They have also promised a Social Investment Fund to help build prevention and early intervention services, academies for youth offenders, and additional funding for NGOs to provide intensive supervision for youth offenders.
Along with the expected return of charter schools, this is quite a bit of new-ish funding for community organisations.
I say new-ish, because of the commitment from two of the three parties in the new government to further cuts to government spending.
That is, the "new" money is likely to come from money cut elsewhere.
So, over the next while, there will be agencies in Dunedin that lose income they have come to rely upon.
And there will be some who may pick up extra funding.
Services that Dunedin has come to rely on will go, to be replaced with services that the new government believes will have longer-term impacts.
Except that, in Dunedin there is a shortage of workers to do the work.
And across the South more generally, as elsewhere, there are a lot of small NGOs.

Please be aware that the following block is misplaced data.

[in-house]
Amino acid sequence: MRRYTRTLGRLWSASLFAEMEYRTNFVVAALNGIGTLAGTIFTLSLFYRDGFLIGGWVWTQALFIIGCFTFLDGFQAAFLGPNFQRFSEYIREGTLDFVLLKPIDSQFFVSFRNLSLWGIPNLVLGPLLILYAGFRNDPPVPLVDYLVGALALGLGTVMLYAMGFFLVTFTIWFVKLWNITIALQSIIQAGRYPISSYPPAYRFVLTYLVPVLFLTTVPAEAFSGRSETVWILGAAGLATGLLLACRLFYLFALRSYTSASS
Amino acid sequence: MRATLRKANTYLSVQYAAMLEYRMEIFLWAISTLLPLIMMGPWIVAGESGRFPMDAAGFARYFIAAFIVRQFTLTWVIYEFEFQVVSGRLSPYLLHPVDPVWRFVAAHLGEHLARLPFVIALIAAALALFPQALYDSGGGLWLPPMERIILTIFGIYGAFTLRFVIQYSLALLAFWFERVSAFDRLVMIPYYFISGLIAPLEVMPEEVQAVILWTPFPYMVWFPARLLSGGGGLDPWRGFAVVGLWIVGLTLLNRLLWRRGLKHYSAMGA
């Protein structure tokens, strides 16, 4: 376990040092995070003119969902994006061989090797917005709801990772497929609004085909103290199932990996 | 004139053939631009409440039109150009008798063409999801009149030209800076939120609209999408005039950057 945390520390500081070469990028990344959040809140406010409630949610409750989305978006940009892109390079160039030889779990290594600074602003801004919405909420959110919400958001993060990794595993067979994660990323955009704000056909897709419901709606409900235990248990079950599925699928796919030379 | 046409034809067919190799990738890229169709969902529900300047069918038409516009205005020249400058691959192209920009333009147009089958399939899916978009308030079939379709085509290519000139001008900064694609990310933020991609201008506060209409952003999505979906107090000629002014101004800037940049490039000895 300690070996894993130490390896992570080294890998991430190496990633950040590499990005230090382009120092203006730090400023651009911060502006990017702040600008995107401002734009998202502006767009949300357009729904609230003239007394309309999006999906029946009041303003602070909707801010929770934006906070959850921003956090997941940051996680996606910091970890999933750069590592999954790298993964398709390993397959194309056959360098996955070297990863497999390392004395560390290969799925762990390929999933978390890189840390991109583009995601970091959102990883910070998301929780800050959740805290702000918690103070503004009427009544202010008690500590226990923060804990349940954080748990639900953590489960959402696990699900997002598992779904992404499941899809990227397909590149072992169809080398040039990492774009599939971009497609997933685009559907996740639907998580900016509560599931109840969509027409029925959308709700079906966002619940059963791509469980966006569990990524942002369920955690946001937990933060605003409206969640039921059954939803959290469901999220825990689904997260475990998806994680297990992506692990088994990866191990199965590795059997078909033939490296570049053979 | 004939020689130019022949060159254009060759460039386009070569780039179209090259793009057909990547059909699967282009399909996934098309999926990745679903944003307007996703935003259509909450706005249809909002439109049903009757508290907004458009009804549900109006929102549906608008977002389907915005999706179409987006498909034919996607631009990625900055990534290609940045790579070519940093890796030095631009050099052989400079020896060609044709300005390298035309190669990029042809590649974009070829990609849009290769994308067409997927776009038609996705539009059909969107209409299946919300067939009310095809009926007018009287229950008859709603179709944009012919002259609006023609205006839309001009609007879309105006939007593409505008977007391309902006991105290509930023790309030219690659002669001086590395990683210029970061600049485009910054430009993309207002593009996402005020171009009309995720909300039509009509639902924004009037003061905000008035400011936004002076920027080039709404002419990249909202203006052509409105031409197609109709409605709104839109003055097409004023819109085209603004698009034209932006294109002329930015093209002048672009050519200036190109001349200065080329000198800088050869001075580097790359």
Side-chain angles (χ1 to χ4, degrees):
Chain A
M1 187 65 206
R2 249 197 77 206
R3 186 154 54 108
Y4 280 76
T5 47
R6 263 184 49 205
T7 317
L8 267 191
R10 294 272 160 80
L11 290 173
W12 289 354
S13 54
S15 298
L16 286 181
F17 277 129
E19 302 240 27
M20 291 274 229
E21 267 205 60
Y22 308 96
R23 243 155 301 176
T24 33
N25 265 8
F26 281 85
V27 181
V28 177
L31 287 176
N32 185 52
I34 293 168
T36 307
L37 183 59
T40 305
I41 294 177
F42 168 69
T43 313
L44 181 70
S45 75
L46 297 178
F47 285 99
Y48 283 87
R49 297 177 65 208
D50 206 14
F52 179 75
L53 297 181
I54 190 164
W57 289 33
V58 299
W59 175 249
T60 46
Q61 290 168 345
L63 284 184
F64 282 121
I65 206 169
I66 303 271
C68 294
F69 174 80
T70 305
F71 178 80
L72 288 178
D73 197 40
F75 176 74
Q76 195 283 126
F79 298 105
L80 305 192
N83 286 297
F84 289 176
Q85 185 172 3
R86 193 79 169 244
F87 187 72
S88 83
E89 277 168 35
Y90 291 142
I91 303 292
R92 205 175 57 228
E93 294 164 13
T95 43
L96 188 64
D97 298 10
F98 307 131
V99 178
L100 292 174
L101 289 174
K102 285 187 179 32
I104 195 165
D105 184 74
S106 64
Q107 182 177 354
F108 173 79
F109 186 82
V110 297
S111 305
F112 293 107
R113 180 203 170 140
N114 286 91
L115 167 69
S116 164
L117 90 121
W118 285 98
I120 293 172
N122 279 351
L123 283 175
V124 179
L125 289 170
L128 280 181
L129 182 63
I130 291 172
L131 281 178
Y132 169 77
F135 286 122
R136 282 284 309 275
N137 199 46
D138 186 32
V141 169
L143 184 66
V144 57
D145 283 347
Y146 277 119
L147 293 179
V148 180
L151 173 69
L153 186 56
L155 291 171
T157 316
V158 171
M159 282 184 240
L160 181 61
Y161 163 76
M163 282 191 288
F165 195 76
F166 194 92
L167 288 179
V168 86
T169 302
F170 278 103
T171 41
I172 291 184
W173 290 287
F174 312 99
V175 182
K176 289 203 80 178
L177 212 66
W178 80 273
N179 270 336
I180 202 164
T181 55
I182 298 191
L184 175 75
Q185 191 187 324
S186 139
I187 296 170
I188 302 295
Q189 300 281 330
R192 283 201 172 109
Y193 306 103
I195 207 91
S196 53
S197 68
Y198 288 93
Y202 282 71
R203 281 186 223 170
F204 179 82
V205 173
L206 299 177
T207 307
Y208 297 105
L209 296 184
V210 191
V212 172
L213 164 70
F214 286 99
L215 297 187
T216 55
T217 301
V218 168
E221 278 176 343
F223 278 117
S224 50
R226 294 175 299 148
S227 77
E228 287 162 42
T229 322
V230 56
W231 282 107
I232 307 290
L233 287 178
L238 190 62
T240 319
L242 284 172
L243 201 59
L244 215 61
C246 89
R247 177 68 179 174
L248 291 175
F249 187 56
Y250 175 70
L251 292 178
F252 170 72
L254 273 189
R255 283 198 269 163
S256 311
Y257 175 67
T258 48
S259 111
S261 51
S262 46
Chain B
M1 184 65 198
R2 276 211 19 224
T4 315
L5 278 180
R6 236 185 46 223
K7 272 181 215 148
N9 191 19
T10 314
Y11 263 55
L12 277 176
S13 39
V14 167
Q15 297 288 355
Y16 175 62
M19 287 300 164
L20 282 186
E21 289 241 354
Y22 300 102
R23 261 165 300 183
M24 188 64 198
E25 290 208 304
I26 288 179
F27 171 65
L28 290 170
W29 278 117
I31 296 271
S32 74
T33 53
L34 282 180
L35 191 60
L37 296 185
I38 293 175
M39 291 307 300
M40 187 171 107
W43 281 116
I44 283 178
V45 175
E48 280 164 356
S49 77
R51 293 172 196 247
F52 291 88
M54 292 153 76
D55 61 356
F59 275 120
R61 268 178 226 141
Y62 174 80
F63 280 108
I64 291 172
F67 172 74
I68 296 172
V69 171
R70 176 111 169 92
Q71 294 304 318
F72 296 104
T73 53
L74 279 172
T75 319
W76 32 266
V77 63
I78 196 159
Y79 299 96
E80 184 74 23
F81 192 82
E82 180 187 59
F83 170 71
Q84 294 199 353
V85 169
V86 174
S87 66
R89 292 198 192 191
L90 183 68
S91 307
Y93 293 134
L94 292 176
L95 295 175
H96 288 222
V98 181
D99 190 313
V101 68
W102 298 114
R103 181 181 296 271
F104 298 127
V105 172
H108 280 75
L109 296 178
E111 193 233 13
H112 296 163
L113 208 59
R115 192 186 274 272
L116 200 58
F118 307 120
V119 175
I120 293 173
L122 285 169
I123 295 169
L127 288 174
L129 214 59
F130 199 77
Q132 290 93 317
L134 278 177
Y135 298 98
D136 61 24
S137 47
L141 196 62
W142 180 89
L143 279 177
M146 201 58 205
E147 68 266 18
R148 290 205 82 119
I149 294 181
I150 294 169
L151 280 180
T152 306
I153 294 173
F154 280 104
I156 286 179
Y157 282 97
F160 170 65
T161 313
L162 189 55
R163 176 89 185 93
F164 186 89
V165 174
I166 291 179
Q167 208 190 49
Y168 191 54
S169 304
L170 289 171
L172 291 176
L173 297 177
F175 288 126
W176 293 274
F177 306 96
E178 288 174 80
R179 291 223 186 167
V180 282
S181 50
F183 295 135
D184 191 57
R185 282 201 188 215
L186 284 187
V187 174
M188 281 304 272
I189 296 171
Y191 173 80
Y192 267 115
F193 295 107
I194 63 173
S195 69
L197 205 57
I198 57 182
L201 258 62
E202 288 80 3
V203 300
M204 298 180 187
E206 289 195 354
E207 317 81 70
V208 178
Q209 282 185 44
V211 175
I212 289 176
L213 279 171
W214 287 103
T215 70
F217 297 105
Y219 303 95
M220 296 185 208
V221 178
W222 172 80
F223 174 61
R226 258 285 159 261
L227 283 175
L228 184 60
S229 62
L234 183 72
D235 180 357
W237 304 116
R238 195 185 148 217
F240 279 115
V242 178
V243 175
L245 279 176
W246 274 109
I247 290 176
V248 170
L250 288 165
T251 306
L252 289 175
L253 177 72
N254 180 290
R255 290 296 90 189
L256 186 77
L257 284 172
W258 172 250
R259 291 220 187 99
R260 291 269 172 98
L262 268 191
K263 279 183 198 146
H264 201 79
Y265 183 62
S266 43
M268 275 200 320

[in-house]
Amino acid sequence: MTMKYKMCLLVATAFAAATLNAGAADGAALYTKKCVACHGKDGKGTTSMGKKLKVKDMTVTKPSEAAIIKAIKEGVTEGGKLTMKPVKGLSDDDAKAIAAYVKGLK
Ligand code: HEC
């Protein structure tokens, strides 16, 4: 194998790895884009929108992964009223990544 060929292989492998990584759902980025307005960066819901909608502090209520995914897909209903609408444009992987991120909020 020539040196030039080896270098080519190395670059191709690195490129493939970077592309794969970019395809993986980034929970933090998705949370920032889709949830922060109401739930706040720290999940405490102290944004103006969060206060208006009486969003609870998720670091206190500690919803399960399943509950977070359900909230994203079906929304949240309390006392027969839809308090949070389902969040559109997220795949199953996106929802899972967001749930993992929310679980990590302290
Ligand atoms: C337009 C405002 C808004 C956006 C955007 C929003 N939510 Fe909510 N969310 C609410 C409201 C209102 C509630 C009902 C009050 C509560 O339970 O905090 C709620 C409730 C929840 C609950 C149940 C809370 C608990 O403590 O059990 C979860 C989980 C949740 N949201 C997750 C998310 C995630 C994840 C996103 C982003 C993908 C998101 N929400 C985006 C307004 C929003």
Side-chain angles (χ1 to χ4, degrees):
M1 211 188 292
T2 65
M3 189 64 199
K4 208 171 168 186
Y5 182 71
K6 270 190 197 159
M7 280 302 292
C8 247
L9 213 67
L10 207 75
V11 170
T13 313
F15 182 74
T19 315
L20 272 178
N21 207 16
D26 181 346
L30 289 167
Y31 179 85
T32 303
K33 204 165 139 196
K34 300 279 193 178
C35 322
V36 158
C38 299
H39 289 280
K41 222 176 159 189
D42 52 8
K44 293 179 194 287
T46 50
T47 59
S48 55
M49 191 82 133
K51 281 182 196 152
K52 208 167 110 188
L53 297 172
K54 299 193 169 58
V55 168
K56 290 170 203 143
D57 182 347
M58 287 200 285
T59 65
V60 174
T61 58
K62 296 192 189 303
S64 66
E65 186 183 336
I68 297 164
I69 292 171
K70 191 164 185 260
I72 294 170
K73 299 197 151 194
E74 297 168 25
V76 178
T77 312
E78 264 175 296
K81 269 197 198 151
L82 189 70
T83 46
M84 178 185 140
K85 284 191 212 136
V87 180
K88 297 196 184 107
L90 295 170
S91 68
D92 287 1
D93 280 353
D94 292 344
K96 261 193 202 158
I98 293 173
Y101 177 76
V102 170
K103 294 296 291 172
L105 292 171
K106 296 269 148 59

When I say a lot, I mean double the number per head of population that you would see in Canada, the United Kingdom, the United States and Australia.
There’s both a lot of us, and too few.
That’s a tough base to innovate from. Not least because innovation takes time (and cash to pay for that time) and for small agencies spare time and cash are hard to free up.
We can also guess that the new government’s desire for innovation includes a pretty strong interest in evidence: research and data.
While even the smallest Dunedin corner shop already uses a data-information pipeline to support decision-making, it’s not as common in the community sector.
However, social service providers’ business is change — usually for our clients, of course.
We know that resiliency comes from strong relationships and networks, pacing ourselves where we can, focusing on the long-term, celebrating the wins, adapting where we have to, and always learning.
Dunedin will do fine.
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